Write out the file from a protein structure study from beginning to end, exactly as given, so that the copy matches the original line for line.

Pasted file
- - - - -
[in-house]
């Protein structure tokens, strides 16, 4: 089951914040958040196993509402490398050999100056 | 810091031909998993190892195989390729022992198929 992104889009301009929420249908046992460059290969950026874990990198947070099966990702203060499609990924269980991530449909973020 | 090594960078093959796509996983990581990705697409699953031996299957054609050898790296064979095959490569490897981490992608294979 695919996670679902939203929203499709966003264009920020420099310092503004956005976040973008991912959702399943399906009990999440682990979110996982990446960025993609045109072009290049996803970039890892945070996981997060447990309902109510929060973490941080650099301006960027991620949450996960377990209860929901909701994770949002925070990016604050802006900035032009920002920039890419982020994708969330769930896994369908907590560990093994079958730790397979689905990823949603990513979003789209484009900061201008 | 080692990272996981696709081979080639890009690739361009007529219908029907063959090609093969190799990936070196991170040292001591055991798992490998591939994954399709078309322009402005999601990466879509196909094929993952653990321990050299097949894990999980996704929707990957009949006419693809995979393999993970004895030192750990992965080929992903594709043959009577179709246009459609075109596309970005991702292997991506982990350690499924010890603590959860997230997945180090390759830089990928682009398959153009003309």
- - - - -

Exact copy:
[in-house]
């Protein structure tokens, strides 16, 4: 089951914040958040196993509402490398050999100056 | 810091031909998993190892195989390729022992198929 992104889009301009929420249908046992460059290969950026874990990198947070099966990702203060499609990924269980991530449909973020 | 090594960078093959796509996983990581990705697409699953031996299957054609050898790296064979095959490569490897981490992608294979 695919996670679902939203929203499709966003264009920020420099310092503004956005976040973008991912959702399943399906009990999440682990979110996982990446960025993609045109072009290049996803970039890892945070996981997060447990309902109510929060973490941080650099301006960027991620949450996960377990209860929901909701994770949002925070990016604050802006900035032009920002920039890419982020994708969330769930896994369908907590560990093994079958730790397979689905990823949603990513979003789209484009900061201008 | 080692990272996981696709081979080639890009690739361009007529219908029907063959090609093969190799990936070196991170040292001591055991798992490998591939994954399709078309322009402005999601990466879509196909094929993952653990321990050299097949894990999980996704929707990957009949006419693809995979393999993970004895030192750990992965080929992903594709043959009577179709246009459609075109596309970005991702292997991506982990350690499924010890603590959860997230997945180090390759830089990928682009398959153009003309």